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1 - Introduction to the Issues – HLP Rights and Sustainable Peace

Published online by Cambridge University Press:  03 May 2011

Scott Leckie
Affiliation:
Displacement Solutions, Geneva
Chris Huggins
Affiliation:
Land Conflict Research, Ottawa
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Summary

Housing, land, and property (HLP) rights crises are present in all conflicts and postconflict settings, and their management by those engaged in peace efforts can often be decisive in determining the extent to which peace is sustained and the degree to which measures of remedial and restorative justice are enshrined within postconflict political and legal frameworks. Conflicts are inherently complex, fluid, and multidimensional phenomena. The causes, forms, and impacts of conflict are perceived very differently by different actors (both “insiders” and “outsiders”) and change over time, so that they cannot easily be predicted or reduced to simple statements of “fact.” Nevertheless, the importance of HLP issues will strike anyone who has researched or observed violent conflicts in any part of the world.

In many countries, disputes over housing, land, and property, often with ethnic or other group-identity dimensions, are one of the root causes of violent conflict. There are many different types of HLP disputes, and disputes may be perceived, described, or categorized in different ways by different actors. Some disputes involve different claims to property among actors who agree on the tenure systems in place; in other words, they agree on the rules of property ownership and use, but some stakeholders think that other actors are breaking the rules. Of course, even when actors agree on a single tenure system, their interpretations of the tenure system may be different. State legislation may be outdated, unclear, inherently contradictory, or ambiguous.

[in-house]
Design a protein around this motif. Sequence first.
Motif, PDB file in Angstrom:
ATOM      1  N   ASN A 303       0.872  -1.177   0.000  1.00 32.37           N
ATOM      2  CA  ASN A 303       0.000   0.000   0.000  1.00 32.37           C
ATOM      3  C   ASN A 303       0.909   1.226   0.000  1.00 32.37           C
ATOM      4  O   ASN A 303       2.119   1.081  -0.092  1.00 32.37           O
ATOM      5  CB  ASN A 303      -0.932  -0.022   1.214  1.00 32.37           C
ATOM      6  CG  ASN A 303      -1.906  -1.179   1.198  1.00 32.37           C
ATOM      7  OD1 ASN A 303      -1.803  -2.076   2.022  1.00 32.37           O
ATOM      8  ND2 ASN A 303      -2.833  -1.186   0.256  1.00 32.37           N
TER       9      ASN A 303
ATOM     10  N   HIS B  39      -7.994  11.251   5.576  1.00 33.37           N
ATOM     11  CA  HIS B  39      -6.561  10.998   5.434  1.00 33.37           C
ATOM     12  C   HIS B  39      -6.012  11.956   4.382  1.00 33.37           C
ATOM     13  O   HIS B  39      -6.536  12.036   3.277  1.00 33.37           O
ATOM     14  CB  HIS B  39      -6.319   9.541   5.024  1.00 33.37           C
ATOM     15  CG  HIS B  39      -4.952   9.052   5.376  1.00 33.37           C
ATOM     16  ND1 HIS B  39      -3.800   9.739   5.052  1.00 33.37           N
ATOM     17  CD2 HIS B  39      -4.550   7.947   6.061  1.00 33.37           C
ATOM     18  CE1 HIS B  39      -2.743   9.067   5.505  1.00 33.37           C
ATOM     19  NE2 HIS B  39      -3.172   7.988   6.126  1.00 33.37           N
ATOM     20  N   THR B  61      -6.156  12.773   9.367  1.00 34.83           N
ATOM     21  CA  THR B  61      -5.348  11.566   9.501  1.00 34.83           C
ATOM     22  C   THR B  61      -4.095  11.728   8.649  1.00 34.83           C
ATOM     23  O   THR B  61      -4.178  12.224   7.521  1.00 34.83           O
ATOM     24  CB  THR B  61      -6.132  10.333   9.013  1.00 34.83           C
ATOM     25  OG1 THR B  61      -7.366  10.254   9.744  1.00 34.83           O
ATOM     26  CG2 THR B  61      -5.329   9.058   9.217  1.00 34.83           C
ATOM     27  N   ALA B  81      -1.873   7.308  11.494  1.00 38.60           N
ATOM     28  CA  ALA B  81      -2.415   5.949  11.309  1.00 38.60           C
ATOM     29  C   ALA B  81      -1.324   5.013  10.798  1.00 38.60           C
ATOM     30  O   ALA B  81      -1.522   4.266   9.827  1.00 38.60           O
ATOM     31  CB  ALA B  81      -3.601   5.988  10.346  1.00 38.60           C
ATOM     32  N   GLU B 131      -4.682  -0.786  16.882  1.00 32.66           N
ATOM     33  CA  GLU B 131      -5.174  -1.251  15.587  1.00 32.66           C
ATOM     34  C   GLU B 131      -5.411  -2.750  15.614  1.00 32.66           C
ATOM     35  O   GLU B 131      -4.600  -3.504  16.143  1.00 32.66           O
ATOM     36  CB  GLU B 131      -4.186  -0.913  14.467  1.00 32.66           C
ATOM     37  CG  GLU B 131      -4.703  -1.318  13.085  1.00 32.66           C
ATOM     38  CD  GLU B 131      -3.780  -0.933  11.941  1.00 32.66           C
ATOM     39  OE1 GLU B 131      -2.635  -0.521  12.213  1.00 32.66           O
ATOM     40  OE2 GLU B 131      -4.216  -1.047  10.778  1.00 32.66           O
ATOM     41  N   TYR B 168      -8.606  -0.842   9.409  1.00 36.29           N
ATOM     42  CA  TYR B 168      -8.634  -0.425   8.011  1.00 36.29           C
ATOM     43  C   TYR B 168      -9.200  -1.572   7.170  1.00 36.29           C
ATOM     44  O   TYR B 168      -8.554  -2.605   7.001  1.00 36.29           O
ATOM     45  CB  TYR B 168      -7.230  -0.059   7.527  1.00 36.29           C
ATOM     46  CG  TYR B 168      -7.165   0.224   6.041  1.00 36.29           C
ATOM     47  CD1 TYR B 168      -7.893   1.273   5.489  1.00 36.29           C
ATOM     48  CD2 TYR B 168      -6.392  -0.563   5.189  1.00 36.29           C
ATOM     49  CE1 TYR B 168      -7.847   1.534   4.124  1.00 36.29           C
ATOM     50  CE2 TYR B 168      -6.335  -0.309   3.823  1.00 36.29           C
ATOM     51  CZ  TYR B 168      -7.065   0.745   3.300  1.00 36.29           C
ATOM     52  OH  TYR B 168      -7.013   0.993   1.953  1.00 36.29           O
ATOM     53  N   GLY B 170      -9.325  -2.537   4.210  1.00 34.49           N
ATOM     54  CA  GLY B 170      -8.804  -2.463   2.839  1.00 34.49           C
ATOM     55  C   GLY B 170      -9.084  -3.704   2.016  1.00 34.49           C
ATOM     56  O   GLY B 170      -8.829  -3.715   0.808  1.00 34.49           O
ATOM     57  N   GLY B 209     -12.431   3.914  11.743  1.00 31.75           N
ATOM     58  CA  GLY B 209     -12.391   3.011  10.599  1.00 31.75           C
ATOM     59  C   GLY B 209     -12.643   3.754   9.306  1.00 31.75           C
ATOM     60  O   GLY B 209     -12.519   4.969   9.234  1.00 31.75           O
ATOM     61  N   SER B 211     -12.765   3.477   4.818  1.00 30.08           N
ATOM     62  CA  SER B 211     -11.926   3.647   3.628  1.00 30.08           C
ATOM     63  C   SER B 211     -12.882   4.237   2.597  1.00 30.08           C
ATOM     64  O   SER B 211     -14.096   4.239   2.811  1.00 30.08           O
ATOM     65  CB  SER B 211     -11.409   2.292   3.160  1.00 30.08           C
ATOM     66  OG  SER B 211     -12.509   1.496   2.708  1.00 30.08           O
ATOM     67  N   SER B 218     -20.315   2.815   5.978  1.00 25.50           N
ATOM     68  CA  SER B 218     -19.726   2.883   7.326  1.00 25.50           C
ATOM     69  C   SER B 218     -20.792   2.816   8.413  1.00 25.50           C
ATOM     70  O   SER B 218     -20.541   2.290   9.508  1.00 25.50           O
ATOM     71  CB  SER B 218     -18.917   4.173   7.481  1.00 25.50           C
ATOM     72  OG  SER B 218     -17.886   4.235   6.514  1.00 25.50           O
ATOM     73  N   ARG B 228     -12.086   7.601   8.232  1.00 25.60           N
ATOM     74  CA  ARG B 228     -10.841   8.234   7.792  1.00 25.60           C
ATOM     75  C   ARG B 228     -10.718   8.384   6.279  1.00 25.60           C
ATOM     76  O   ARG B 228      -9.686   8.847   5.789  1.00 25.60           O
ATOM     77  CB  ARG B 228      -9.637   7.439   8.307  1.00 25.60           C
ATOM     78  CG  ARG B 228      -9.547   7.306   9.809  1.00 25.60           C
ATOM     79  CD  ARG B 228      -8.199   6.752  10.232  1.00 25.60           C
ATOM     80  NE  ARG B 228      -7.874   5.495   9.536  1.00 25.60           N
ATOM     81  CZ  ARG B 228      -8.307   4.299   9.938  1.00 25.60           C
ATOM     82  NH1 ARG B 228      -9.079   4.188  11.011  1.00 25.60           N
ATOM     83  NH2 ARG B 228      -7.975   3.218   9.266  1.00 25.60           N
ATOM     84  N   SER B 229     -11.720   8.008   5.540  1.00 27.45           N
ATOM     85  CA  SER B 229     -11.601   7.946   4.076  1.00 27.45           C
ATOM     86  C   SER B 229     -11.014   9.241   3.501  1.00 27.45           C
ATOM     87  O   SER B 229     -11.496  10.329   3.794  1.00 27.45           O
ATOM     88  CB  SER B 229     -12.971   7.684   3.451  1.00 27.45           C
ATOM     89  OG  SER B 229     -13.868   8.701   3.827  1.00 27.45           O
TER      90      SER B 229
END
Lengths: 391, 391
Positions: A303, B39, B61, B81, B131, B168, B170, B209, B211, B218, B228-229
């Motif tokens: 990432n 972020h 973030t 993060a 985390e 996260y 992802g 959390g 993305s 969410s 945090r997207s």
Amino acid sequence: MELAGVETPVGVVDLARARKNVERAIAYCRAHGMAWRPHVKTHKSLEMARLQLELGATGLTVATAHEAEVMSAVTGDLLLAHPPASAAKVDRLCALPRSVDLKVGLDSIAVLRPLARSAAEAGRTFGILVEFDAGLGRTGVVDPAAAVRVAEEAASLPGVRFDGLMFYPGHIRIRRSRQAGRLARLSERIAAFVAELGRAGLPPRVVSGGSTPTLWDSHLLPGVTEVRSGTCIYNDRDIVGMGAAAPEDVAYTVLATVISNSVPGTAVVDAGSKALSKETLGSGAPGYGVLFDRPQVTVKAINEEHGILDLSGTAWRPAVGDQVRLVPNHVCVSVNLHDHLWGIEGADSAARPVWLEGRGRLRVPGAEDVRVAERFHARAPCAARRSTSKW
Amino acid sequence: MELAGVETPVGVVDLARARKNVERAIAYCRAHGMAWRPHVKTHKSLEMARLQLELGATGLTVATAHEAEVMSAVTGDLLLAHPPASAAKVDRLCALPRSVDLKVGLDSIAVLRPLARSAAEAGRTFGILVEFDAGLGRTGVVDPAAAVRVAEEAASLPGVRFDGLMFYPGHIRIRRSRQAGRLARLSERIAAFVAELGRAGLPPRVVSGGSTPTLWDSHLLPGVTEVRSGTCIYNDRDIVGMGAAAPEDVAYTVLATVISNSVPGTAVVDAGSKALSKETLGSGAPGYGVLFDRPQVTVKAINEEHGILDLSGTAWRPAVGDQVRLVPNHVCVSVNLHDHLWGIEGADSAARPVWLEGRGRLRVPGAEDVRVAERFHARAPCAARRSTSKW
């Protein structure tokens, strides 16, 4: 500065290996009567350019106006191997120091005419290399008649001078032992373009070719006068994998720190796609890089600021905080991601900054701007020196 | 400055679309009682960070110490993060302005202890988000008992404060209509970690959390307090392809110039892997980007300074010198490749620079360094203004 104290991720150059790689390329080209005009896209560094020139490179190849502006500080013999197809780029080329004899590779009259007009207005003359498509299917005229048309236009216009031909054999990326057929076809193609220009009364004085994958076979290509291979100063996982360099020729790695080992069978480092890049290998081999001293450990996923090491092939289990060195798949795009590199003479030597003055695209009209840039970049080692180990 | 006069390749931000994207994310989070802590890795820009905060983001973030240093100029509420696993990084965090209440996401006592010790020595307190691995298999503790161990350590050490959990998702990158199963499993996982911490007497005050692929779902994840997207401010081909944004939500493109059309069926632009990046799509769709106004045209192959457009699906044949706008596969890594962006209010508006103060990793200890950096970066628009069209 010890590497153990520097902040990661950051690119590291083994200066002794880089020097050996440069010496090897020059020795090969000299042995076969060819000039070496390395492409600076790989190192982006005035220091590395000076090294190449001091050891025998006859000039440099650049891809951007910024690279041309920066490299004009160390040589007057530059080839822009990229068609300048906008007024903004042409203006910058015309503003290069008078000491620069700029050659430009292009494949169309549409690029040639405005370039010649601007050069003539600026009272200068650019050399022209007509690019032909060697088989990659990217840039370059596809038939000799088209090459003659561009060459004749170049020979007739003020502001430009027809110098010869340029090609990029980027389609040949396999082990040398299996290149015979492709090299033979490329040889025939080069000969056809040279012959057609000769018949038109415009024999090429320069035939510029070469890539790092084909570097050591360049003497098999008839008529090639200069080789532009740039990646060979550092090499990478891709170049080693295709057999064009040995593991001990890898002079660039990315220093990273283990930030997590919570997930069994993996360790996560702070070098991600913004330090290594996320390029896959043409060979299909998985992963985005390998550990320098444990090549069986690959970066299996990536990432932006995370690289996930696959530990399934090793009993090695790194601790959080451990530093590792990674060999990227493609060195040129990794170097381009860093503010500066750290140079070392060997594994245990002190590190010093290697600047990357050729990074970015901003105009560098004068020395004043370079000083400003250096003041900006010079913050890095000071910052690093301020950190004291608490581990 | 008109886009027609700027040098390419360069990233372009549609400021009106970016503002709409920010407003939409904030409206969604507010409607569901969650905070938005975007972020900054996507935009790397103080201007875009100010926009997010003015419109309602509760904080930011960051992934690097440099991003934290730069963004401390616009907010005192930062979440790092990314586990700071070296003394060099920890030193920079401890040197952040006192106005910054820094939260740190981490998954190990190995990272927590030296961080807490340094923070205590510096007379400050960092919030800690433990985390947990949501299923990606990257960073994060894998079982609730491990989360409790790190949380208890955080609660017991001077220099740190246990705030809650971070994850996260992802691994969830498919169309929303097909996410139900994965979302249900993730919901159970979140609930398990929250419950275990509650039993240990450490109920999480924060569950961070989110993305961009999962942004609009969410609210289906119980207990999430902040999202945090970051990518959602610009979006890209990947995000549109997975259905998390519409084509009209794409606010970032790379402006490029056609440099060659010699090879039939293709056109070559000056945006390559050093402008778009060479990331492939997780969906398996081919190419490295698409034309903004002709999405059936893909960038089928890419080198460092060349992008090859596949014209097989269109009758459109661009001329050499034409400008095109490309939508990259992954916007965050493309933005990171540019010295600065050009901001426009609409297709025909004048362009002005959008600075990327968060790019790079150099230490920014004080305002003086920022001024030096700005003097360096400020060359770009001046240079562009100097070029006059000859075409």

Type
Chapter
Information
Conflict and Housing, Land and Property Rights
A Handbook on Issues, Frameworks and Solutions
, pp. 1 - 52
Publisher: Cambridge University Press
Print publication year: 2011

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References

Bell, Christine (2000) “Undoing the Past: Refugees, Land and Possession,” in Bell, Christine (ed.), Peace Agreements and Human Rights, Oxford University Press.Google Scholar
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Helton, Arthur C. and Voronina, Natalia (2000) Forced Displacement and Human Security in the Former Soviet Union: Law and Policy, Ardsley, NY: Transnational Publishers Inc.Google Scholar
Huggins, and Clover, (eds.) (2005) From the Ground Up – Land Rights, Conflict and Peace in Sub-Saharan Africa, Institute for Security Studies, South Africa.
,Inter-Agency Standing Committee (2002) Growing the Sheltering Tree – Protecting Rights Through Humanitarian Action, UNICEF.Google Scholar
,International Council on Human Rights Policy (2006) “Repairing the Past? Refugees, Displaced Persons, Land and Property,” in Negotiating Justice? Human Rights and Peace Agreements, International Council on Human Rights Policy.Google Scholar
,ICISS (2001) The Responsibility to Protect (Report of the International Commission on Intervention and State Sovereignty), IDRC.
Leckie, Scott (2005) “Housing, Land and Property Rights in Post-Conflict Societies: Proposals for a New United Nations Institutional and Policy Framework,” in Legal and Protection Policy Research Series, United Nations High Commissioner for Refugees, Department of International Protection, PPLA/2005/01.
Lewis, Daniel (2004) “Challenges to Sustainable Peace: Land Disputes Following Conflict,” in Symposium on Land Administration in Post Conflict Areas, UN-Habitat.Google Scholar

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